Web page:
Login encryption 

SSL Encryption is your friend. This allows any sensitive customer information to be securely transmitted. Anything entered on a page is encrypted, preventing hackers from accessing this private data. 

Secure hosting 

How strong is your hosting provider? This makes a tremendous impact on the level of security. Make sure your host is doing everything they can on their end to keep your website secure. They should also be backing up your data to a remote server, making it easy to restore in the event your site is hacked. How strong is their technical support? All of this makes a difference. 

Clean websites 

Avoid unnecessary applications, plugins or databases that could present a window of opportunity for hackers. Delete any of these that are no longer in use. You should also delete old files on a recurring basis and an organized file structure to keep the integrity of your information secure. 


Backing up your site on a regular basis is key. Maintain backups of all your website files in the event your data becomes lost. The hosting provider should have backups of their servers, but backing up your files on a regular basis should be second nature. 

Vulnerability scans 

Your IT and risk management teams should have regularly scheduled scans for vulnerabilities in the server and websites. Scans should also be performed after any patch, change or addition to the website. 

Customers are becoming savvier as it relates to protecting their data. This is one of the reasons why using a VPN has become the norm. While many websites boast they have security protocols in place, customers are uneasy with the extraction of their information, realizing the need for alternatives that will allow them to operate and conduct business on the internet from anywhere without fear. VPNs help alleviate these concerns. In fact, some companies have also started using VPNs on their servers. 

Why VPN? 

For people concerned about securing their data, a VPN (virtual private network) creates a private tunnel between their system and the server of their VPN service provider. VPNs create a foundation of trust for users and provide a way to mask identities and information while conducting business or transactions. VPN services were created to hide what’s going on behind the scenes from ISPs, public networks and any third parties that may wish to compromise their information. 

How safe is a VPN? 

If using a top-notch VPN provider, they will have transparent privacy policies that show how information is encrypted, they take steps to fix any leaks and do not keep logs of browsing history. When using VPN software, the device being used is connected to the VPN servers, with any internet traffic from the customer being cloaked from the ISP and websites. This prevents the websites from logging their information, adding an additional layer of protection and safety from their information being compromised.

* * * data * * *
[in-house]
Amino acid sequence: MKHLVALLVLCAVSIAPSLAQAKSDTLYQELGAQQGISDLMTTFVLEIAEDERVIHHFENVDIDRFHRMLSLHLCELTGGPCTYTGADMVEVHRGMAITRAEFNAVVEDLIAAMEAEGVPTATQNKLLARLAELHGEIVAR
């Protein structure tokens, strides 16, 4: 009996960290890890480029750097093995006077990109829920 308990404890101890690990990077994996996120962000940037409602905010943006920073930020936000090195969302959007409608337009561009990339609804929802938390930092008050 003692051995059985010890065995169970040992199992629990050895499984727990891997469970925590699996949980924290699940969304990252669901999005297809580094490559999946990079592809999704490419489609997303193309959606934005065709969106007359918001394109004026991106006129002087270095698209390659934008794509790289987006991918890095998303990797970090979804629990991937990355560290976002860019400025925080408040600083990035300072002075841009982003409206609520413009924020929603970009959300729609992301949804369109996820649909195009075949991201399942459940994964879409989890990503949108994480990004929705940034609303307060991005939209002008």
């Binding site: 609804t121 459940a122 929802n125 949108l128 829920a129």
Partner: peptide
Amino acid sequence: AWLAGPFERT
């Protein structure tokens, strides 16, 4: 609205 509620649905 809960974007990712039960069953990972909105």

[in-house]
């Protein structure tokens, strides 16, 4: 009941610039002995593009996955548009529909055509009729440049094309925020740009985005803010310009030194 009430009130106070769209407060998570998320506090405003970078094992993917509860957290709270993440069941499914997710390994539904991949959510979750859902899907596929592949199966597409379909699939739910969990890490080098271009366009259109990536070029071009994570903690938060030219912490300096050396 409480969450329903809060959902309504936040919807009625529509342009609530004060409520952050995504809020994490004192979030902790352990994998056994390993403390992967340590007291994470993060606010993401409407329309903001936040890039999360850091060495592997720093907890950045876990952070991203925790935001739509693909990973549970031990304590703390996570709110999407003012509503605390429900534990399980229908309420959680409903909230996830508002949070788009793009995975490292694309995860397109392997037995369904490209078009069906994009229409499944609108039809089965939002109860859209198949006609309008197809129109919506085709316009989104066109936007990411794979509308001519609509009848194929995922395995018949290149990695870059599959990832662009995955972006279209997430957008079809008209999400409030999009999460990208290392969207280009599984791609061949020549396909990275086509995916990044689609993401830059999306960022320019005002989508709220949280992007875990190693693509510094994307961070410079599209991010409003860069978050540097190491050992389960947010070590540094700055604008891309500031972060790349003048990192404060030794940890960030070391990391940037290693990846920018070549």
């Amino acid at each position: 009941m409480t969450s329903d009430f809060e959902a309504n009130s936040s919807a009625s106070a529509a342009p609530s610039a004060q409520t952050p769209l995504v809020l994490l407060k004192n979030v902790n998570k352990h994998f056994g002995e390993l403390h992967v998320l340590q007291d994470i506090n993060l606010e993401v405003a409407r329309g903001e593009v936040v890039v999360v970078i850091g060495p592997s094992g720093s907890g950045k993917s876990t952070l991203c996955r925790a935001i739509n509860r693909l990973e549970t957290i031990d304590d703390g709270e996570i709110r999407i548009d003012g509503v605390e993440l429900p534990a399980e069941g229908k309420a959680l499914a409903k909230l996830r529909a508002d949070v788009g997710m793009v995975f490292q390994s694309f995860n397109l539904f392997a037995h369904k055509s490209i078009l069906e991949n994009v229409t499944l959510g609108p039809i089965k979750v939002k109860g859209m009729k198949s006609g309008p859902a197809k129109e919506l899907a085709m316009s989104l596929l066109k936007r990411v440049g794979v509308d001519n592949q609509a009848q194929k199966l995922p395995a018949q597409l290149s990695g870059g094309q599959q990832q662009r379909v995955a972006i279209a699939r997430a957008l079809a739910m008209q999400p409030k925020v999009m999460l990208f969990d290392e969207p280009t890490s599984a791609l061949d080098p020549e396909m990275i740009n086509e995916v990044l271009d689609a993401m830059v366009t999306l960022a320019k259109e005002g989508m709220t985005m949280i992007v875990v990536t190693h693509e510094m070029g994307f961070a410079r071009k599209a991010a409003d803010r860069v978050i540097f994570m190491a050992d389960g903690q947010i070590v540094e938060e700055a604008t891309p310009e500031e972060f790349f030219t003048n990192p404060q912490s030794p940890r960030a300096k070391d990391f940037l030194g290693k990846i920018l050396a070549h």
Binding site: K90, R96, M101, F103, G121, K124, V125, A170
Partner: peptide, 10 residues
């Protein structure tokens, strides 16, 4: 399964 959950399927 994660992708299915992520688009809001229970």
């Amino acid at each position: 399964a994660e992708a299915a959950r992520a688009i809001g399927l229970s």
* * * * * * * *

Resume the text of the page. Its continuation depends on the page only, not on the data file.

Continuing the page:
Data leaks from major companies have increased the number of people using VPNs to safeguard their data, but in the event, a web page is blocked, they can usually circumvent that blockage. In essence, VPNs help protect online privacy and data by having no IP address leaks, no logs, a kill switch, and multifactor authentication. 

Companies who consider these factors when working with their web designers and developers have a greater chance of maintaining their integrity, building customer trust and being able to successfully function without consistent threats. Web developers working for organizations should work to implement a number of VPN protocols to make the site more effective and secure in protecting customer data. 

In today’s cybercrime climate, it’s important for all parties on the risk management team to implement safety protocols that offer a higher level of protection while reinforcing to C-suite management the need to alleviate collecting data that is not needed. By following the right protocols and implementing these tips, web developers should be able to help construct strong front and back-office scenarios that make the difference while providing heightened security protocols. A strong team creates strong protocols and protects customer data privacy at every level. How does your team measure up?